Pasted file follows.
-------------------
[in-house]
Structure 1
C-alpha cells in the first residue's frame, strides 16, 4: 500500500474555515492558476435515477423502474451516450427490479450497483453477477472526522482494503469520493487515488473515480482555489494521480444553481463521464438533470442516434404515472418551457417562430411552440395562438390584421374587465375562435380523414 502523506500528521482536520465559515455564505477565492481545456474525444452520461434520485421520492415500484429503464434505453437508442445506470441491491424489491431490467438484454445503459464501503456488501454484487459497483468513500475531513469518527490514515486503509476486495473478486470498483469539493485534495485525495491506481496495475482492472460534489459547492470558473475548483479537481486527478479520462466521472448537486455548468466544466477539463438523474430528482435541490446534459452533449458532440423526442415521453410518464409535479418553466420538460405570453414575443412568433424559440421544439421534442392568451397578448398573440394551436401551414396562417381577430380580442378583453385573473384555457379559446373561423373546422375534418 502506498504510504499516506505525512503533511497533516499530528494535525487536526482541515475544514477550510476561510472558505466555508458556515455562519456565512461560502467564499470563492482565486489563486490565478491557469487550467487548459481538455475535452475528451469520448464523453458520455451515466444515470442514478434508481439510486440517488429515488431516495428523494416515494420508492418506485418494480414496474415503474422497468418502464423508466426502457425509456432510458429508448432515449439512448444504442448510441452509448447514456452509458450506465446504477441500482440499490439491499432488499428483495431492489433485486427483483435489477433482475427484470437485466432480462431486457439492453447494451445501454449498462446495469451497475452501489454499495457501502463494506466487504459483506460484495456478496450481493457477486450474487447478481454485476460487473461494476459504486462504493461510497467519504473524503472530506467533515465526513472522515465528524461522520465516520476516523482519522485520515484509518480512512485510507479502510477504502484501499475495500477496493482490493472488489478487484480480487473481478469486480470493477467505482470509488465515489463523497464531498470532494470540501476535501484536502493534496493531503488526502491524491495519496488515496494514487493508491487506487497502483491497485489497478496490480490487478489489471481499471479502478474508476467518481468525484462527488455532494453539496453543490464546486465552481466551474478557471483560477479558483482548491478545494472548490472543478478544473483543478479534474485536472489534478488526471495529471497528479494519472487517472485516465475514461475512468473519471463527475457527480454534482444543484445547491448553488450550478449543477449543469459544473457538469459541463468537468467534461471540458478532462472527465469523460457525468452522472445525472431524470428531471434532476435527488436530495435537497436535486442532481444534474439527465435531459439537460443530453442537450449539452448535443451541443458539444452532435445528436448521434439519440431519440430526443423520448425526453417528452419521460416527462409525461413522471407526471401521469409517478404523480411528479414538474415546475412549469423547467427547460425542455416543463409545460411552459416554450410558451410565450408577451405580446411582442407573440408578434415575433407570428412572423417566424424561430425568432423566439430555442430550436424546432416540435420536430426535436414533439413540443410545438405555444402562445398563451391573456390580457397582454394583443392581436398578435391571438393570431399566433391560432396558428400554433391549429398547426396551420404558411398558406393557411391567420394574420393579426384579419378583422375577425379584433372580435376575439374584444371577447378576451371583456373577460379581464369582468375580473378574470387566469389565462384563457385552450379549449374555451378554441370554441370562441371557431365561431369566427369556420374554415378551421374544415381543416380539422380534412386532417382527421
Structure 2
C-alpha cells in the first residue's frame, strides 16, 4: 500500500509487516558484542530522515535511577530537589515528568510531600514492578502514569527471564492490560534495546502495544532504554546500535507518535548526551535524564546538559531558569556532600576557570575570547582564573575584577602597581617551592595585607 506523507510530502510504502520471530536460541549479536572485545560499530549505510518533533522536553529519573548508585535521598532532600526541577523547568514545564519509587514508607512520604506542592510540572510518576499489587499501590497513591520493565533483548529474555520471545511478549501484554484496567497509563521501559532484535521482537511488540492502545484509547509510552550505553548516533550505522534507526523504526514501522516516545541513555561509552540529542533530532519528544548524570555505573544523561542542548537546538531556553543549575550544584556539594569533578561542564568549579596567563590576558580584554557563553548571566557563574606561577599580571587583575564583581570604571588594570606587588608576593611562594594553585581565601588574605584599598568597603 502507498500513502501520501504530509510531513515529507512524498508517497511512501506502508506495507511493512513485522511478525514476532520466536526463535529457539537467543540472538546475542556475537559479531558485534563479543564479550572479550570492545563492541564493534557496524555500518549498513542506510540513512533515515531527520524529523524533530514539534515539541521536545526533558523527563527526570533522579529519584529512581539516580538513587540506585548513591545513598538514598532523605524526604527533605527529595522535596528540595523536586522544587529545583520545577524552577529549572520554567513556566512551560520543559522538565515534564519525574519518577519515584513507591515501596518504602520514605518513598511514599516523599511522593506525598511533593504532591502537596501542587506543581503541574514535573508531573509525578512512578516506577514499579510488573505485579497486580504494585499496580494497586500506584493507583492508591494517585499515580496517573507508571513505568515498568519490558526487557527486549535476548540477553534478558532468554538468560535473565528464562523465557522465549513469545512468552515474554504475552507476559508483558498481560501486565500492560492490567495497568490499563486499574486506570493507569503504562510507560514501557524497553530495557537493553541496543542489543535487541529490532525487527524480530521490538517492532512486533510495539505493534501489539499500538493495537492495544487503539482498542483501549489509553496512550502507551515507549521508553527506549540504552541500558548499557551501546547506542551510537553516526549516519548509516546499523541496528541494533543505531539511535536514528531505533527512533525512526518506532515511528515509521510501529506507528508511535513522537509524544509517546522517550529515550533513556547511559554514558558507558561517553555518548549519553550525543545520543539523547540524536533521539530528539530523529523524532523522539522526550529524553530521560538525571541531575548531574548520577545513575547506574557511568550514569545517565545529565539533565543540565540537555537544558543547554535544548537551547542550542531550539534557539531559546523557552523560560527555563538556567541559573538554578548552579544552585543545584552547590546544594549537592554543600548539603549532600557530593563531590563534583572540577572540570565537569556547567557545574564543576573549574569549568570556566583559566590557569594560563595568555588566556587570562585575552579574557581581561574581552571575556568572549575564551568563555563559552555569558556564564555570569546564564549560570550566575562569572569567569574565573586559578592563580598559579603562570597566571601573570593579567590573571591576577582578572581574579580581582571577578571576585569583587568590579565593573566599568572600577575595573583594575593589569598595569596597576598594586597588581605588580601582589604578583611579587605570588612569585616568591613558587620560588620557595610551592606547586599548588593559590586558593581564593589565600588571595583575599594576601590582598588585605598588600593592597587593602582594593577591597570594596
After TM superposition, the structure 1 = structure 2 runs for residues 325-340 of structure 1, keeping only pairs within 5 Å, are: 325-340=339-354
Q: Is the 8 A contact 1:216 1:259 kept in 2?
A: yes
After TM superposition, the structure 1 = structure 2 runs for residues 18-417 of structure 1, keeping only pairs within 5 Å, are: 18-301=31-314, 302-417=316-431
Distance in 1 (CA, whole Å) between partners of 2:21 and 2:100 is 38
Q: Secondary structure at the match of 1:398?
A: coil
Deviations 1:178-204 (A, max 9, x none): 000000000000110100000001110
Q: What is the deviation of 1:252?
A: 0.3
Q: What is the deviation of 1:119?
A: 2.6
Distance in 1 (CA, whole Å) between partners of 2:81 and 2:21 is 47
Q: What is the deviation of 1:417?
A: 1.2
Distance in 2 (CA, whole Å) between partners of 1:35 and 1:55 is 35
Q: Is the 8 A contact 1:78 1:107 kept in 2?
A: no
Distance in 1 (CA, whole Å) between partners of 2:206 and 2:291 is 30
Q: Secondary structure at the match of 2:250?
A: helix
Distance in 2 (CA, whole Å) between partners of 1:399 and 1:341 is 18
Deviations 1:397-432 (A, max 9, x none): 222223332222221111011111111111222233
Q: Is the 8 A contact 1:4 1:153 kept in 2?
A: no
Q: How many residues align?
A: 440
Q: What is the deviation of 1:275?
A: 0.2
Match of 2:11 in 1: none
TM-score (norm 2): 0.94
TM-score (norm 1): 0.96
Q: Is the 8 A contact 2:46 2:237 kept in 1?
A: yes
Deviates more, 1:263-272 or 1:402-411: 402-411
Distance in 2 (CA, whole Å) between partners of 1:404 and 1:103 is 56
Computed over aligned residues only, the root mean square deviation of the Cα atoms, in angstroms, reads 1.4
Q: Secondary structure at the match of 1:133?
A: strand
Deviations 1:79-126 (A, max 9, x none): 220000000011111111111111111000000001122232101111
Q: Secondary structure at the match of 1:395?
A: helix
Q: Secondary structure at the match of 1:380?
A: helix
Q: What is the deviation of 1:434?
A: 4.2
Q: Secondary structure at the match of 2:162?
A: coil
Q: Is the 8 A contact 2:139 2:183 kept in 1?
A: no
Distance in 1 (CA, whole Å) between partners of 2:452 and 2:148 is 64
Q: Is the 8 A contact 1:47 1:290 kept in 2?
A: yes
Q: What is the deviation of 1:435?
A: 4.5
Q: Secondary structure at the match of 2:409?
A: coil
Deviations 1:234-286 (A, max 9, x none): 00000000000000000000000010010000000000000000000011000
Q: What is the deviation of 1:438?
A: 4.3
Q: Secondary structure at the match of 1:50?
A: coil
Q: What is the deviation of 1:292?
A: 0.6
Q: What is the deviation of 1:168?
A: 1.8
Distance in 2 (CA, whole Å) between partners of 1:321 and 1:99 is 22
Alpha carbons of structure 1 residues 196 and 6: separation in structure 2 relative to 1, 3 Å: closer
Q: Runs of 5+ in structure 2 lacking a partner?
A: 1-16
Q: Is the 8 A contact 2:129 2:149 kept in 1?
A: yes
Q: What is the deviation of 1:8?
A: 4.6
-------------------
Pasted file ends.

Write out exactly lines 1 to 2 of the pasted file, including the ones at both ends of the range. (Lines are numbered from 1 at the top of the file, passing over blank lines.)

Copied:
[in-house]
Structure 1